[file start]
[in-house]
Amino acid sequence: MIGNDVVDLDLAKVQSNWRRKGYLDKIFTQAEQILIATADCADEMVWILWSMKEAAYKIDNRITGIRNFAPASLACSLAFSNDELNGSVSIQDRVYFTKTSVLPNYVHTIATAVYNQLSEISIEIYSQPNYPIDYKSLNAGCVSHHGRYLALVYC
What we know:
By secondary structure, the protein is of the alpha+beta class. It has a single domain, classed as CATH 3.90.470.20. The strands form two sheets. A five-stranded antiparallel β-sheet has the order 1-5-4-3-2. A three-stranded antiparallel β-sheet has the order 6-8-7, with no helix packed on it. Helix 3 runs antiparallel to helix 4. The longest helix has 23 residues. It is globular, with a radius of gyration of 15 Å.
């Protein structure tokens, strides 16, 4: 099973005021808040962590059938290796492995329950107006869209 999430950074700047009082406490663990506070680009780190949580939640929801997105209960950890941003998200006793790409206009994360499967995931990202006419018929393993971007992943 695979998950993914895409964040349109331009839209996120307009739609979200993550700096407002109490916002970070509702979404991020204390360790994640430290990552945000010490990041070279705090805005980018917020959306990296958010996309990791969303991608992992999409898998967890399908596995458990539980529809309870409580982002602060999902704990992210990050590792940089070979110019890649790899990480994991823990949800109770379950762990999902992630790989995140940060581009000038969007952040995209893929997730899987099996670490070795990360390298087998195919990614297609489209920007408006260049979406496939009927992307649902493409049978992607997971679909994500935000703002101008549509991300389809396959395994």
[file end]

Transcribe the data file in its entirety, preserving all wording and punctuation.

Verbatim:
[in-house]
Amino acid sequence: MIGNDVVDLDLAKVQSNWRRKGYLDKIFTQAEQILIATADCADEMVWILWSMKEAAYKIDNRITGIRNFAPASLACSLAFSNDELNGSVSIQDRVYFTKTSVLPNYVHTIATAVYNQLSEISIEIYSQPNYPIDYKSLNAGCVSHHGRYLALVYC
What we know:
By secondary structure, the protein is of the alpha+beta class. It has a single domain, classed as CATH 3.90.470.20. The strands form two sheets. A five-stranded antiparallel β-sheet has the order 1-5-4-3-2. A three-stranded antiparallel β-sheet has the order 6-8-7, with no helix packed on it. Helix 3 runs antiparallel to helix 4. The longest helix has 23 residues. It is globular, with a radius of gyration of 15 Å.
């Protein structure tokens, strides 16, 4: 099973005021808040962590059938290796492995329950107006869209 999430950074700047009082406490663990506070680009780190949580939640929801997105209960950890941003998200006793790409206009994360499967995931990202006419018929393993971007992943 695979998950993914895409964040349109331009839209996120307009739609979200993550700096407002109490916002970070509702979404991020204390360790994640430290990552945000010490990041070279705090805005980018917020959306990296958010996309990791969303991608992992999409898998967890399908596995458990539980529809309870409580982002602060999902704990992210990050590792940089070979110019890649790899990480994991823990949800109770379950762990999902992630790989995140940060581009000038969007952040995209893929997730899987099996670490070795990360390298087998195919990614297609489209920007408006260049979406496939009927992307649902493409049978992607997971679909994500935000703002101008549509991300389809396959395994």